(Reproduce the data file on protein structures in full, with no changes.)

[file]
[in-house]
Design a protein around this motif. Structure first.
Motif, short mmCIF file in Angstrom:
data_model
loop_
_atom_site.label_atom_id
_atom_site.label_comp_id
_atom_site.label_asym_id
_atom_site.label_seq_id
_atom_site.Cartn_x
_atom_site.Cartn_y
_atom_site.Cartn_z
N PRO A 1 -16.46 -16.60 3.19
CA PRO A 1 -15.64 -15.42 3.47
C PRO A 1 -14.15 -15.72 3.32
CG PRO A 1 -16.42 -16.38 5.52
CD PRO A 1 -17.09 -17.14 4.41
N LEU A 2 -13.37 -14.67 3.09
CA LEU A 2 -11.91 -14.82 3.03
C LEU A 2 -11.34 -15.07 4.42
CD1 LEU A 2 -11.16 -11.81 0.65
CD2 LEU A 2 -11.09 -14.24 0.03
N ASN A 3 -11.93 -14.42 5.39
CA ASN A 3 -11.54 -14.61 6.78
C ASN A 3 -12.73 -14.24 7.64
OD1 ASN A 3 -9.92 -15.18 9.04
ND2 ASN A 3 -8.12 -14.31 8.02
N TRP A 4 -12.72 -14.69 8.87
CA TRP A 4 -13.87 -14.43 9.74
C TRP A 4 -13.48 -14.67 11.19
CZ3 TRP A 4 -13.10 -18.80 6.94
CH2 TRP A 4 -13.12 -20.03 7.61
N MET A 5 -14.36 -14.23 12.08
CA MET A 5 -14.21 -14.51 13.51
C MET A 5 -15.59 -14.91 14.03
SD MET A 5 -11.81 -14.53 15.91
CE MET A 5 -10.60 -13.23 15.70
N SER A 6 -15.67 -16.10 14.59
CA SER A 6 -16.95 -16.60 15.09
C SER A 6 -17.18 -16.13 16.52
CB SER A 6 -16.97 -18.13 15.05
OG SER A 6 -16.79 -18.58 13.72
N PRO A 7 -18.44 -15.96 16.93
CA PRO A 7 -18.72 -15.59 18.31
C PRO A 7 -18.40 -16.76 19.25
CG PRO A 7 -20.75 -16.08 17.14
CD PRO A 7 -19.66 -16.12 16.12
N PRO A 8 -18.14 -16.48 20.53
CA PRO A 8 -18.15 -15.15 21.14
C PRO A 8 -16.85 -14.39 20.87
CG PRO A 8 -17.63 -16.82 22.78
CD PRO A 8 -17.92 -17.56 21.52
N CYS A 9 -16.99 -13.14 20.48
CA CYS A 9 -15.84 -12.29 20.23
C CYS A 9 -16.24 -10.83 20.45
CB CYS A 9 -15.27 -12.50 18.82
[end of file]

[in-house]
Design a protein around this motif. Structure first.
Motif, short mmCIF file in Angstrom:
data_model
loop_
_atom_site.label_atom_id
_atom_site.label_comp_id
_atom_site.label_asym_id
_atom_site.label_seq_id
_atom_site.Cartn_x
_atom_site.Cartn_y
_atom_site.Cartn_z
N PRO A 1 -16.46 -16.60 3.19
CA PRO A 1 -15.64 -15.42 3.47
C PRO A 1 -14.15 -15.72 3.32
CG PRO A 1 -16.42 -16.38 5.52
CD PRO A 1 -17.09 -17.14 4.41
N LEU A 2 -13.37 -14.67 3.09
CA LEU A 2 -11.91 -14.82 3.03
C LEU A 2 -11.34 -15.07 4.42
CD1 LEU A 2 -11.16 -11.81 0.65
CD2 LEU A 2 -11.09 -14.24 0.03
N ASN A 3 -11.93 -14.42 5.39
CA ASN A 3 -11.54 -14.61 6.78
C ASN A 3 -12.73 -14.24 7.64
OD1 ASN A 3 -9.92 -15.18 9.04
ND2 ASN A 3 -8.12 -14.31 8.02
N TRP A 4 -12.72 -14.69 8.87
CA TRP A 4 -13.87 -14.43 9.74
C TRP A 4 -13.48 -14.67 11.19
CZ3 TRP A 4 -13.10 -18.80 6.94
CH2 TRP A 4 -13.12 -20.03 7.61
N MET A 5 -14.36 -14.23 12.08
CA MET A 5 -14.21 -14.51 13.51
C MET A 5 -15.59 -14.91 14.03
SD MET A 5 -11.81 -14.53 15.91
CE MET A 5 -10.60 -13.23 15.70
N SER A 6 -15.67 -16.10 14.59
CA SER A 6 -16.95 -16.60 15.09
C SER A 6 -17.18 -16.13 16.52
CB SER A 6 -16.97 -18.13 15.05
OG SER A 6 -16.79 -18.58 13.72
N PRO A 7 -18.44 -15.96 16.93
CA PRO A 7 -18.72 -15.59 18.31
C PRO A 7 -18.40 -16.76 19.25
CG PRO A 7 -20.75 -16.08 17.14
CD PRO A 7 -19.66 -16.12 16.12
N PRO A 8 -18.14 -16.48 20.53
CA PRO A 8 -18.15 -15.15 21.14
C PRO A 8 -16.85 -14.39 20.87
CG PRO A 8 -17.63 -16.82 22.78
CD PRO A 8 -17.92 -17.56 21.52
N CYS A 9 -16.99 -13.14 20.48
CA CYS A 9 -15.84 -12.29 20.23
C CYS A 9 -16.24 -10.83 20.45
CB CYS A 9 -15.27 -12.50 18.82